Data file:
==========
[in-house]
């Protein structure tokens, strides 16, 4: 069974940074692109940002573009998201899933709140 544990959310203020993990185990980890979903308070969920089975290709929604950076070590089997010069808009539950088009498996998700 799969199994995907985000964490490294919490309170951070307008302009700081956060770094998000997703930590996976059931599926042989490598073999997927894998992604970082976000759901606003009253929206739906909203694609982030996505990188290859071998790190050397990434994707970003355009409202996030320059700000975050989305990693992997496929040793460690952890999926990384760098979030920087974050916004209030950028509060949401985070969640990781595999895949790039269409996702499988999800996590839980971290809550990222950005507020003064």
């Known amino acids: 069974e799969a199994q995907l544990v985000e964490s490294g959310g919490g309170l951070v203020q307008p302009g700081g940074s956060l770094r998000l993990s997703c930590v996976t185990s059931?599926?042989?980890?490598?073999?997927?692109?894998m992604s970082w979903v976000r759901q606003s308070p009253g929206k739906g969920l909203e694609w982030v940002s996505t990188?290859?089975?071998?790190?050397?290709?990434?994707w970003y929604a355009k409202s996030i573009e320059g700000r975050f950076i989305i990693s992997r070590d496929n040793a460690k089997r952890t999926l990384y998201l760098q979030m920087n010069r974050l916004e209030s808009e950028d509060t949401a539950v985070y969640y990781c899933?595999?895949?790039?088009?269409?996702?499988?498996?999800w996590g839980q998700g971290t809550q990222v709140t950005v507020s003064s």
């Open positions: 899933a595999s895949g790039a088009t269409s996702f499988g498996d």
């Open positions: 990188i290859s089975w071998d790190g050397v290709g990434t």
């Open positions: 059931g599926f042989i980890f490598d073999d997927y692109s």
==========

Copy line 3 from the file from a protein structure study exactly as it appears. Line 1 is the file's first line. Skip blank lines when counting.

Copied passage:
């Known amino acids: 069974e799969a199994q995907l544990v985000e964490s490294g959310g919490g309170l951070v203020q307008p302009g700081g940074s956060l770094r998000l993990s997703c930590v996976t185990s059931?599926?042989?980890?490598?073999?997927?692109?894998m992604s970082w979903v976000r759901q606003s308070p009253g929206k739906g969920l909203e694609w982030v940002s996505t990188?290859?089975?071998?790190?050397?290709?990434?994707w970003y929604a355009k409202s996030i573009e320059g700000r975050f950076i989305i990693s992997r070590d496929n040793a460690k089997r952890t999926l990384y998201l760098q979030m920087n010069r974050l916004e209030s808009e950028d509060t949401a539950v985070y969640y990781c899933?595999?895949?790039?088009?269409?996702?499988?498996?999800w996590g839980q998700g971290t809550q990222v709140t950005v507020s003064s």